“Sat in WT+ this morning on BA165 and along comes a lady who sits in the row behind me, immediately summons the crew and says ‘my husband tried to upgrade but was told there were no seats – the row is empty, can he sit here?’ Crew said they’d ask the ‘manager’ and get back to her.”
Self-Upgrading is Stealing. Period.
The story as recounted by FlyerTalk member hb133 continues: “Halfway through the flight, husband appears and plonks himself next to his wife. When I saw the CSM walking through the cabin later, I mentioned that there was someone sat in the seat behind me who wasn’t there when we took off. She said something about it being too much hassle to deal with, at which point I said I’d love to sit in Club or First if there were free seats but recognise that I obviously had to sit where I paid. She agreed with me on the principle (asking me if I’d like to sit in the cockpit!), but did absolutely nothing to send the man back to his paid for seat. Then spoke to the man, who tells her that ‘a member of crew said I could sit here’ and decided to leave him alone — isn’t the CSM meant to be the person in charge on board in these situations?”
The husband in that story apparently got away with “stealing” that seat in the premium cabin by using a tactic which is known as self-upgrading, which a passenger takes onto himself or herself moving to a premium seat without permission or paying for the privilege.
Seats in the premium cabin — especially on international flights — are very limited in number; so therefore, not everyone can sit in them every time on every flight…
…and for a number of airlines, revenue for those seats are consequently at a premium price much of the time. People may wonder why an airline would rather depart with those seats remaining empty than perhaps offering them at a significant discount. That is because officials at airlines do not want to condition passengers with waiting until the last minute to purchase those seats at a deep discount, which endangers the experience to possibly be devalued over time — similar to not expecting a luxury vehicle or any other opulent item or service to be available at a significant discount.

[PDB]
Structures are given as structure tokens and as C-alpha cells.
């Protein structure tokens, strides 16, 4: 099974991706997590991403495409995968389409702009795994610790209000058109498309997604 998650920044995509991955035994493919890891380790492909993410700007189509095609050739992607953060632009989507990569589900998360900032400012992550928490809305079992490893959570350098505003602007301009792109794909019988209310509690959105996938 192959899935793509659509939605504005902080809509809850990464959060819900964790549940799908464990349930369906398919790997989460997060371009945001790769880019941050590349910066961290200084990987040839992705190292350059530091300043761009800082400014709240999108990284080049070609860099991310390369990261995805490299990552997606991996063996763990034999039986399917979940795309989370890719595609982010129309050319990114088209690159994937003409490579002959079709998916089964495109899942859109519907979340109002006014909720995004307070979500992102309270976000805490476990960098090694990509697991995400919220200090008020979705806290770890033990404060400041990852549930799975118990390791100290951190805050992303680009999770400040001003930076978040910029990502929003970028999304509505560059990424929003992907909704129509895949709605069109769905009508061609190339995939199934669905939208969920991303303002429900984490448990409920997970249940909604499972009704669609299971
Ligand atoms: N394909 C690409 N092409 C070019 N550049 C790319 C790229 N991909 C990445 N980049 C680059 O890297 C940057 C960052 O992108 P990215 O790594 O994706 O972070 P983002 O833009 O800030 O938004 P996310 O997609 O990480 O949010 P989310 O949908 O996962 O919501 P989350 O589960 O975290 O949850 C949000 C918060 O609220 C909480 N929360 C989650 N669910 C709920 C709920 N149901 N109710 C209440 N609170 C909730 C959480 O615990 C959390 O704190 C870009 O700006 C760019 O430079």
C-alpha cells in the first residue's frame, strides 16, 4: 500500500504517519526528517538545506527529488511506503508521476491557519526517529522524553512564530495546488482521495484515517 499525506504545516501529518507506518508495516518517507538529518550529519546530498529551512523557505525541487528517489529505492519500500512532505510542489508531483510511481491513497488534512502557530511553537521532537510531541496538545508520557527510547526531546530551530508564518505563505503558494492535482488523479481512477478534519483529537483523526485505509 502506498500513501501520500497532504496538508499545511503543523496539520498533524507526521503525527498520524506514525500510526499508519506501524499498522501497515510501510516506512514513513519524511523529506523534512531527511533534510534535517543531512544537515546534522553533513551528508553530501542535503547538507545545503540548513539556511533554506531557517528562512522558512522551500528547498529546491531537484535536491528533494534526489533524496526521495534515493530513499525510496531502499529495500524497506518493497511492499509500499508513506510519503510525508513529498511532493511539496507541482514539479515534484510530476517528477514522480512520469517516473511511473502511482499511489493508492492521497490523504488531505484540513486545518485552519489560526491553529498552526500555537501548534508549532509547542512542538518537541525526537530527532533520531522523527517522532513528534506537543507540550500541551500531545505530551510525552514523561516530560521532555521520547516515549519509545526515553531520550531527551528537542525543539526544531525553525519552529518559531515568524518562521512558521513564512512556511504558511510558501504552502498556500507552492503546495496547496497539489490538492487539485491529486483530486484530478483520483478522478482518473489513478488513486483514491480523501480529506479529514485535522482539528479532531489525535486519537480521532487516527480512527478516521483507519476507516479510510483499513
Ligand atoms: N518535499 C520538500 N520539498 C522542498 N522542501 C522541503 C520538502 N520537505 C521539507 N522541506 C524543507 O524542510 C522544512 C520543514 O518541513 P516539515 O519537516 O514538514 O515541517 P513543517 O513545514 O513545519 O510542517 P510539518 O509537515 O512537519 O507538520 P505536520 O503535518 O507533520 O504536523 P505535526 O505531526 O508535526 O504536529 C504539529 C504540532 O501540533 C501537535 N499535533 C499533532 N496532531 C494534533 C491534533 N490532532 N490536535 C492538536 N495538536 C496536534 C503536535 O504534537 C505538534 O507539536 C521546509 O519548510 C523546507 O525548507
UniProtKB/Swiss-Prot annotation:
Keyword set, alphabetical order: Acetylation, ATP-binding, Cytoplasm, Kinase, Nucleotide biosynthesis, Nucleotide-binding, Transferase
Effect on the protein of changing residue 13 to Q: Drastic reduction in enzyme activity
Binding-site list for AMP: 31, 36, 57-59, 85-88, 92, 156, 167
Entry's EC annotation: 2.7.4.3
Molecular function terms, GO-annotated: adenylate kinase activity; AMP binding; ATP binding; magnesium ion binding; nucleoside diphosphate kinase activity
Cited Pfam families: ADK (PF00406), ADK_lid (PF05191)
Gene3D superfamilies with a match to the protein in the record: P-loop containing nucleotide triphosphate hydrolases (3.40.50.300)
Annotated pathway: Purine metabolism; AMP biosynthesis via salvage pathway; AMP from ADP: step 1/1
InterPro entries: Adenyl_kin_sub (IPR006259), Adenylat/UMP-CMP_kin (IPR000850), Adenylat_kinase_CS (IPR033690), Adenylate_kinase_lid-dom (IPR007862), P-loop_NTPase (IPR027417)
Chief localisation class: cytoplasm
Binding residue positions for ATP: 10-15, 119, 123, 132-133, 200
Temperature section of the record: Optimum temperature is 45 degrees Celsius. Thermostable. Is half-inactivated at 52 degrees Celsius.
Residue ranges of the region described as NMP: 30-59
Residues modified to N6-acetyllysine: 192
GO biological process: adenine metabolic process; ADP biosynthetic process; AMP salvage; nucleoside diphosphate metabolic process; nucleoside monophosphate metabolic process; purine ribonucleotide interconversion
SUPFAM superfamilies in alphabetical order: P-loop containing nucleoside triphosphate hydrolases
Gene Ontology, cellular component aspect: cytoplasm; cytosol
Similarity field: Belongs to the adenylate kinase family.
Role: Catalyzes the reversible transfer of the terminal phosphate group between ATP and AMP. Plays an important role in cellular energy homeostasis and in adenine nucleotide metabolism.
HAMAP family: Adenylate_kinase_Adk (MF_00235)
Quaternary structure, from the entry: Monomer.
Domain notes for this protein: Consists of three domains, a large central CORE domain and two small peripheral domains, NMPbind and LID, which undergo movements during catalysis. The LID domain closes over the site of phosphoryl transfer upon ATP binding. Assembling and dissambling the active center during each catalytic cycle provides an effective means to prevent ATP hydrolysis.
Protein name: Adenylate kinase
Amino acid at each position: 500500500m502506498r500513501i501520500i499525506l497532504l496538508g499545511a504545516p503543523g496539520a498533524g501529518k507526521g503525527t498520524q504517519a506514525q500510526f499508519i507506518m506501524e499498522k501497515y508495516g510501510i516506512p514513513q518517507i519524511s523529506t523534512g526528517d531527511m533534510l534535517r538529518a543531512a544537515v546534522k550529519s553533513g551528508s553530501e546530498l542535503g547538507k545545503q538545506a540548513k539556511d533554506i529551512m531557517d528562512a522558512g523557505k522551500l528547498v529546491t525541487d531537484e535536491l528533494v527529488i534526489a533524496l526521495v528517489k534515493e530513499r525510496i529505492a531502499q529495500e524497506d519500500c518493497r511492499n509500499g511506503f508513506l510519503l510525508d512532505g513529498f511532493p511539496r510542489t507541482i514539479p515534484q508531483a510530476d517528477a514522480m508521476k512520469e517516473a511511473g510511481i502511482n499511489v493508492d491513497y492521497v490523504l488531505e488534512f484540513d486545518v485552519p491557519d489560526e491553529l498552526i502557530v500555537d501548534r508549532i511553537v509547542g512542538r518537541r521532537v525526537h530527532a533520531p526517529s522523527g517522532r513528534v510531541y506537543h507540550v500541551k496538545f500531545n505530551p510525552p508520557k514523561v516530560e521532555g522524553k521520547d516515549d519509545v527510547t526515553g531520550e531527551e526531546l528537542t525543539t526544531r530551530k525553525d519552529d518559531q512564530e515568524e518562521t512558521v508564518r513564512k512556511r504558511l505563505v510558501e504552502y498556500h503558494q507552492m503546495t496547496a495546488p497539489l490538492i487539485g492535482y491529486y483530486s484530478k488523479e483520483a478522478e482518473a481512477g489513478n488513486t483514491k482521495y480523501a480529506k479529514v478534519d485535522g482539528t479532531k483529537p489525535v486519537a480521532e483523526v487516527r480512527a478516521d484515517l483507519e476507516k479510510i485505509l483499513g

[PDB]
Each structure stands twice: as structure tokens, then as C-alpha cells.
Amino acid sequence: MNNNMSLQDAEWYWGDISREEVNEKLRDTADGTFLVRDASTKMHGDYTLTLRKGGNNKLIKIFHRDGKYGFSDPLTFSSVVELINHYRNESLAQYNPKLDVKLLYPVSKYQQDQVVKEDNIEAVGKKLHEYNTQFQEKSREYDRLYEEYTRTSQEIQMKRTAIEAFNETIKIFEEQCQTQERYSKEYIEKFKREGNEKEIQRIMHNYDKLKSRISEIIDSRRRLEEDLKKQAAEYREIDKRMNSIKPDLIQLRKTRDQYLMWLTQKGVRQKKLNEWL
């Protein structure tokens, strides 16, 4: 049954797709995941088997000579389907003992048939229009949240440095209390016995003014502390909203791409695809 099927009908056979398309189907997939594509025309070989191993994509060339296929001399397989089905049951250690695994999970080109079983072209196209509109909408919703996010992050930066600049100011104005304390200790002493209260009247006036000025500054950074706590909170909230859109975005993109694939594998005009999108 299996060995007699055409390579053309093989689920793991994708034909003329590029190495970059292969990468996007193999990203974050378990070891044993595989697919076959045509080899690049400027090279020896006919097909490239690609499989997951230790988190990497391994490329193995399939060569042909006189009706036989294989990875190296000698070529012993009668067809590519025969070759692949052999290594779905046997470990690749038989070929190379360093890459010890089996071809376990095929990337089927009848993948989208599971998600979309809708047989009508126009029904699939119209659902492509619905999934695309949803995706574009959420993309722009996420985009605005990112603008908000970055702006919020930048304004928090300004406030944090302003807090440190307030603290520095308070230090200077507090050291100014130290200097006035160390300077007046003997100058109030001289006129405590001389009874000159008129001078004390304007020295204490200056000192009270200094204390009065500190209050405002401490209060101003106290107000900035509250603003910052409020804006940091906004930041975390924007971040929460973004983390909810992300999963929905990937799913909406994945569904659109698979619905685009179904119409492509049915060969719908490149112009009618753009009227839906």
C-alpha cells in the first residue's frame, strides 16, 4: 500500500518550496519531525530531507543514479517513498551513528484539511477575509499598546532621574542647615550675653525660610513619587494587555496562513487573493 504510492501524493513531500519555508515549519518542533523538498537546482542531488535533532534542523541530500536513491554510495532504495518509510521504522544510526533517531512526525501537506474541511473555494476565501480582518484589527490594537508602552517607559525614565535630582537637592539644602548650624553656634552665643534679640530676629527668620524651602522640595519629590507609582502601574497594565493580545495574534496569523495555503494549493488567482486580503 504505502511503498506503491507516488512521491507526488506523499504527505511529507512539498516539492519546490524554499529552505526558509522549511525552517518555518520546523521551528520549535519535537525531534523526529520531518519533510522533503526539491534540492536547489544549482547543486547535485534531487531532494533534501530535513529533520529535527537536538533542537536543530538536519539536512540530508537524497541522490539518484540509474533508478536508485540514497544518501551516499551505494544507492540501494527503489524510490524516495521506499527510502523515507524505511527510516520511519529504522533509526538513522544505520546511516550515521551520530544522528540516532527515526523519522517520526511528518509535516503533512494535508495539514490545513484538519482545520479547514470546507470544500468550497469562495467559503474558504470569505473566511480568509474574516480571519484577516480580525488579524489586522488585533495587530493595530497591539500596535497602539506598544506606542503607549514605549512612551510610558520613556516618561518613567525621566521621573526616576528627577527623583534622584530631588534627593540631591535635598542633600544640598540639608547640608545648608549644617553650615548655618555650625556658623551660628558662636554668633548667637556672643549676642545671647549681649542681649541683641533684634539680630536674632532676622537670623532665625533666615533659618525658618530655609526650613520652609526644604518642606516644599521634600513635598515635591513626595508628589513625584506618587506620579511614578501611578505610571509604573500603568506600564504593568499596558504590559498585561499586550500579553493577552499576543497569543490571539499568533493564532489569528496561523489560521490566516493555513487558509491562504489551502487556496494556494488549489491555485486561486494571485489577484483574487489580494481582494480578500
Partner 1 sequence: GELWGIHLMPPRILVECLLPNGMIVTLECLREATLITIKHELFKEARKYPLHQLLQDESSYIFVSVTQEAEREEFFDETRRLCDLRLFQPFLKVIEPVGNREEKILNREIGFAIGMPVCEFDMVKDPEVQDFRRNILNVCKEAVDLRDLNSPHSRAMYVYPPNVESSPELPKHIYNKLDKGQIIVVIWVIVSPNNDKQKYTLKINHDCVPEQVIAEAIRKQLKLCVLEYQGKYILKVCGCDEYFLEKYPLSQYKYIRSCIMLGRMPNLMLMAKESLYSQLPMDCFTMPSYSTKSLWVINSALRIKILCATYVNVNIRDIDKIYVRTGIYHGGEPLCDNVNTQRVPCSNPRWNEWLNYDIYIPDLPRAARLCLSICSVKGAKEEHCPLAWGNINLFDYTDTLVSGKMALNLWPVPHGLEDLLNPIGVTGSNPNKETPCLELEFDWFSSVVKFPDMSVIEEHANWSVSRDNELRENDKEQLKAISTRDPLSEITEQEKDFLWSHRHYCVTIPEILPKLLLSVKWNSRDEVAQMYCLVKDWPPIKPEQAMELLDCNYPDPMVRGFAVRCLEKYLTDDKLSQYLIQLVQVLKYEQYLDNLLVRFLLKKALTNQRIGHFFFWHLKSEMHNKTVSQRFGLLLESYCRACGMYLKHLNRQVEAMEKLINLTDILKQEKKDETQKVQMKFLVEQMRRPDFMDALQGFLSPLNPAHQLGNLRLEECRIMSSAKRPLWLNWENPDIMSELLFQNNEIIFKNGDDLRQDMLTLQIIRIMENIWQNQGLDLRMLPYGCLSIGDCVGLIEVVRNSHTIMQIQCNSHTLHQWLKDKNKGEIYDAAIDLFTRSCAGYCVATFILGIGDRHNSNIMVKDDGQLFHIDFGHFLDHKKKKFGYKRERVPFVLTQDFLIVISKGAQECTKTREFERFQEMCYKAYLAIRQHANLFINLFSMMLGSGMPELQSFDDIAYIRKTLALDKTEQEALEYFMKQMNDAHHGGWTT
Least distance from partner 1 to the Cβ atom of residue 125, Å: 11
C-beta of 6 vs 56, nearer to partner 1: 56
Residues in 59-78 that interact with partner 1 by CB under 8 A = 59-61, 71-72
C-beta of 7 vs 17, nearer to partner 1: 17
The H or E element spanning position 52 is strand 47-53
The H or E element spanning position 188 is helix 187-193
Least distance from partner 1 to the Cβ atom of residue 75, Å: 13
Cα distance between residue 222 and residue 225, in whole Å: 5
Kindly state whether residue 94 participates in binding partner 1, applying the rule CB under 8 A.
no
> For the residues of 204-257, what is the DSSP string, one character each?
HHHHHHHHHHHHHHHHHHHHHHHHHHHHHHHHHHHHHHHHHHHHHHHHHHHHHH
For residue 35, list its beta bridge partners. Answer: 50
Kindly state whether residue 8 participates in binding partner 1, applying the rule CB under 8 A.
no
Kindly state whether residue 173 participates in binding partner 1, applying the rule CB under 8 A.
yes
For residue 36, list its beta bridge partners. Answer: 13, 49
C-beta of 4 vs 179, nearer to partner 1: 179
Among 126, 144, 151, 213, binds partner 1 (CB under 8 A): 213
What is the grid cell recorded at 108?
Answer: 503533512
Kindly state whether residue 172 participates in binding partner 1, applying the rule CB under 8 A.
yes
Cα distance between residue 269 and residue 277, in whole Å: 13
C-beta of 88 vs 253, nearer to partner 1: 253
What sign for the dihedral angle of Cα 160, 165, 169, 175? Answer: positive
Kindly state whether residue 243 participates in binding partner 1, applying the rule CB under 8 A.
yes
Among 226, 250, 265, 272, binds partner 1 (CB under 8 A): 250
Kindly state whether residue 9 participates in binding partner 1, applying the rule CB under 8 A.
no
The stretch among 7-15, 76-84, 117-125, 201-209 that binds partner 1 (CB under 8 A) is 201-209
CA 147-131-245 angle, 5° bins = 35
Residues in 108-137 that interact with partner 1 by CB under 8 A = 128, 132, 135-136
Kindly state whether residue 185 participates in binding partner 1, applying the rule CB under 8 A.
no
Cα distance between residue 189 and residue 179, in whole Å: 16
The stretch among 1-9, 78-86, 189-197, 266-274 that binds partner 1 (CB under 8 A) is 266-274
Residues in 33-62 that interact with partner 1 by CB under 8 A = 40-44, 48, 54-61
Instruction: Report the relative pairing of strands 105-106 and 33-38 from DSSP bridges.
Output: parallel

Seeing empty seats in the premium cabin during a flight can be tempting to some passengers who are seated in the economy class cabin. After all, who would not want to experience a lie-flat seat with thousands of complimentary entertainment options and gourmet food? As a seat is empty, it is only going to waste anyway, right? Why not just upgrade oneself to it?
It is not as simple as that. Food and beverages cost money. Cleaning of crockery and cutlery costs money. Members of the cabin crew must work harder and longer with extra passengers who did not pay their way. Maintenance of more of the cabin itself costs money and time…
…and should the mantra of “first come, first serve” apply here? Imagine the stampede and mayhem of passengers attempting to self-upgrade at the very second the Fasten Seat Belt sign is deactivated. Otherwise, why should one passenger get preference over another at a seat in the premium cabin? Should the person who paid the most for a ticket get an upgrade over the person who has earned the highest level of elite status in a frequent flier loyalty program?
Receiving something of which you are not initially entitled can be a wonderful surprise.
Taking something of which you are not initially entitled through your own volition is usually considered stealing — especially when you do not pay for it and if you were not granted official permission.
Passengers who are seated in the economy class cabin have no right to simply take an empty seat in the premium class cabin — which an airline can sell for thousands of dollars — without permission and without paying for it…
…and members of the flight crew who permit for such a tactic to occur because doing something about it may be too much of a “hassle” send out a signal to others that self-upgrading is okay for anyone who dares to do so — which can set a precedent for attempts to self-upgrade to occur more often in the future.
Lastly, self-upgrading is especially unfair to others who paid for the privilege to sit in the premium cabin — whether using money or frequent flier loyalty program miles as payment.